Nostromo and Decoud take a shitload, sorry, shipload of silver ingots away from Sulaco but on their way out towards the open sea have a close encounter with an incoming ship carrying some advance troops from the new regime and have to make an emergency landing on one of the Isabels, the island group that guards the entrance to Sulaco harbour. Nostromo swims all the way back to Sulaco, leaving Decoud to guard the silver and generally contemplate the futility of existence in solitude. 

The new regime's reign of terror is mercifully brief and is brought to an end by another glorious revolution sweeping over the mountains and liberating Sulaco, just as certain high-profile residents (Charles Gould, for one) were about to be strung up for being insufficiently deferential and (in Gould's case) not handing over the deeds to the mine. The story has got about that the boat carrying the silver sank after the collision, which means no-one's expending much energy looking for it. Now obviously Nostromo could tell the authorities where it is, but he's a bit put out at the lack of recognition for his heroics and decides not to. You can't just wander into town with a coat full of silver ingots with Property of San Tomé stamped on them and expect to be able to exchange them for various consumer goods without arousing suspicion, though, so Nostromo hatches a plan of gradually spiriting them away by sea to distant ports and exchanging them there.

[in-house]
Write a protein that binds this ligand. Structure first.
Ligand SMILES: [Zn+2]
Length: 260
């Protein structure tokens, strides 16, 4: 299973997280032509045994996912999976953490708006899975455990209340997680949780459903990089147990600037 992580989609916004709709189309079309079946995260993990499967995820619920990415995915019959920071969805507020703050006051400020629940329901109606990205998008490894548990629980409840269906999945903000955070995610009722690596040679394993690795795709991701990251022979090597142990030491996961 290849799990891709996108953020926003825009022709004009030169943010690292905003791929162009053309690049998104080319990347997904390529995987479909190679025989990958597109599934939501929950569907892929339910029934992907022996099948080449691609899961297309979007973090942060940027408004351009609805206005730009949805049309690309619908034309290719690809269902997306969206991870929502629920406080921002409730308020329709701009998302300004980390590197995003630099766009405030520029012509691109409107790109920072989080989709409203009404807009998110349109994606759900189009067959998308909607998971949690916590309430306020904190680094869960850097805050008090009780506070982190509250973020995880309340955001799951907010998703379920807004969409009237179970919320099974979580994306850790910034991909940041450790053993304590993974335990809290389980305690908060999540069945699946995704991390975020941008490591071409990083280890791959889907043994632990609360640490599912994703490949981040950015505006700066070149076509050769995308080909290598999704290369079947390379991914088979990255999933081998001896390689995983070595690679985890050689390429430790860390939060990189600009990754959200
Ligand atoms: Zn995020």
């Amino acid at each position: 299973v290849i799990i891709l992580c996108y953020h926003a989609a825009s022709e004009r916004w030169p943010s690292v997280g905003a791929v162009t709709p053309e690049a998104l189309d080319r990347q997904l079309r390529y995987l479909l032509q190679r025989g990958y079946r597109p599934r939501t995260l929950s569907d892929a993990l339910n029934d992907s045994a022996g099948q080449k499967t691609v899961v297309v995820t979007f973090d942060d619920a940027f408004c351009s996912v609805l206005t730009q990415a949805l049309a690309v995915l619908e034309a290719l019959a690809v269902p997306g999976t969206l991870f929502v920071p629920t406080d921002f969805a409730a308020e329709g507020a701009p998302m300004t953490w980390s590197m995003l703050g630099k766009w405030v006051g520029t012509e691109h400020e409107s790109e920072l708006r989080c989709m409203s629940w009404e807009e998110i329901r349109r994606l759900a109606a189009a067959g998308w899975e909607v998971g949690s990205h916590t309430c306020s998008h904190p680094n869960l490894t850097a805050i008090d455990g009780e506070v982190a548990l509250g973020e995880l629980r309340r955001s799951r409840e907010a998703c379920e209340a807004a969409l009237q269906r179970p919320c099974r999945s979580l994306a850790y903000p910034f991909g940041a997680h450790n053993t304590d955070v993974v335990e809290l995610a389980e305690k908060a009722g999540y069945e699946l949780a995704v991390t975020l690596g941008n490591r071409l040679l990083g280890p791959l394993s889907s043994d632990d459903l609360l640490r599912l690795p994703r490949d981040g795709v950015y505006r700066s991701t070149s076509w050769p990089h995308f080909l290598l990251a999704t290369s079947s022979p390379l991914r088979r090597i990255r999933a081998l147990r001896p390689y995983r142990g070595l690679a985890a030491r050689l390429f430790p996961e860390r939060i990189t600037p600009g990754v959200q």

This all works OK for a while, but it's slow. So you can imagine Nostromo's dismay when plans are hatched to built a ruddy great lighthouse on top of the Great Isabel where most of the silver still resides. Nostromo is nothing if not resourceful, though, and contrives to have his old friend Giorgio Viola installed as lighthouse-keeper, which gives him a pretext to sail over and visit, especially as it's always been assumed that Nostromo will marry Viola's elder daughter, Linda.